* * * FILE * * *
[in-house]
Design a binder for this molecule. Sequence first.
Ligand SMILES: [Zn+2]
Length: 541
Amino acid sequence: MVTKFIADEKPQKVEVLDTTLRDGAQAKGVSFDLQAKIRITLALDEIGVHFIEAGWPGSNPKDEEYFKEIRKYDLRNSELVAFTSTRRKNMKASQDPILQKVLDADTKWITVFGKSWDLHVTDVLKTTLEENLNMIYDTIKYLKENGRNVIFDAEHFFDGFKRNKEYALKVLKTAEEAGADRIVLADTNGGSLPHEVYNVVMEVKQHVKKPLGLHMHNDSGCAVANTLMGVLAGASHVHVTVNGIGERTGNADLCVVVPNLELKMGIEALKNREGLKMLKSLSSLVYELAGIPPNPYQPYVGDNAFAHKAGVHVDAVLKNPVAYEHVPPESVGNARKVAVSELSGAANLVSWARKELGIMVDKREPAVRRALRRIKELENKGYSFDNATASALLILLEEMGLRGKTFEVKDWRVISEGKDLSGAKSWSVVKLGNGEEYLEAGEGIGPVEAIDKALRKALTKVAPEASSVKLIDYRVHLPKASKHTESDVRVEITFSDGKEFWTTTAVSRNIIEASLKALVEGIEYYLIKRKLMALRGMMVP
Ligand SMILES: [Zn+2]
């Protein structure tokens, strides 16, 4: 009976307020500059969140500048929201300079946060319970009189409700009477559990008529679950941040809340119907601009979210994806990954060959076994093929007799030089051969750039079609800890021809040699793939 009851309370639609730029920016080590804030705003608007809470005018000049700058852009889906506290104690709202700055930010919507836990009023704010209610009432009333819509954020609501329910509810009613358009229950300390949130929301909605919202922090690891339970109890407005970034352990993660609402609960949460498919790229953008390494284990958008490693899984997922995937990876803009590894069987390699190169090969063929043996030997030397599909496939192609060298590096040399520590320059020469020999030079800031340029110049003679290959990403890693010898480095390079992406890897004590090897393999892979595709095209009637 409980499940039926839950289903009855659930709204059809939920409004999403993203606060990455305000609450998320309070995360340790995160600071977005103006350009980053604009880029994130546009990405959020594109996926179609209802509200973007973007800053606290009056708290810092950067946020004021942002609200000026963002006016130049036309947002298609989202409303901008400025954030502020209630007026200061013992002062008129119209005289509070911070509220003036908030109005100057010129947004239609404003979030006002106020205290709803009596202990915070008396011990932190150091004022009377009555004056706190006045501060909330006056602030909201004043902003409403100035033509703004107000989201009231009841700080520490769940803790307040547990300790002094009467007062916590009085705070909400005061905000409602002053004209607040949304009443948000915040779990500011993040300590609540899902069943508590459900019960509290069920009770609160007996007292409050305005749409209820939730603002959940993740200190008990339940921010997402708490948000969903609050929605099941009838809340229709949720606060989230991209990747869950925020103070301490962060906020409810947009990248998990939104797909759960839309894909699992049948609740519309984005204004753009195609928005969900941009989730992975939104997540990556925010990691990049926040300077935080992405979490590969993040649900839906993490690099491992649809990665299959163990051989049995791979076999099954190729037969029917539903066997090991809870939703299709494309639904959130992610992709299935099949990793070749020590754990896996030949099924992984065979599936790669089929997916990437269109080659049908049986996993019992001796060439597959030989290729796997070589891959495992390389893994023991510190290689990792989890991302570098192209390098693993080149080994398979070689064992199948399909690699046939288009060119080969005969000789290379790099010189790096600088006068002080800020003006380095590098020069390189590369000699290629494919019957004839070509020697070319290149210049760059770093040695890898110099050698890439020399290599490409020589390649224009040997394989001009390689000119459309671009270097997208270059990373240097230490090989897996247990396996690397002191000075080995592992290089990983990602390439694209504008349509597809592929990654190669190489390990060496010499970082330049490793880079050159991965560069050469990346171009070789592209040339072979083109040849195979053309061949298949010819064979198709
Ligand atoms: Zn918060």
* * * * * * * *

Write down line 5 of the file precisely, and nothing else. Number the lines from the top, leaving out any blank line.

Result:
Amino acid sequence: MVTKFIADEKPQKVEVLDTTLRDGAQAKGVSFDLQAKIRITLALDEIGVHFIEAGWPGSNPKDEEYFKEIRKYDLRNSELVAFTSTRRKNMKASQDPILQKVLDADTKWITVFGKSWDLHVTDVLKTTLEENLNMIYDTIKYLKENGRNVIFDAEHFFDGFKRNKEYALKVLKTAEEAGADRIVLADTNGGSLPHEVYNVVMEVKQHVKKPLGLHMHNDSGCAVANTLMGVLAGASHVHVTVNGIGERTGNADLCVVVPNLELKMGIEALKNREGLKMLKSLSSLVYELAGIPPNPYQPYVGDNAFAHKAGVHVDAVLKNPVAYEHVPPESVGNARKVAVSELSGAANLVSWARKELGIMVDKREPAVRRALRRIKELENKGYSFDNATASALLILLEEMGLRGKTFEVKDWRVISEGKDLSGAKSWSVVKLGNGEEYLEAGEGIGPVEAIDKALRKALTKVAPEASSVKLIDYRVHLPKASKHTESDVRVEITFSDGKEFWTTTAVSRNIIEASLKALVEGIEYYLIKRKLMALRGMMVP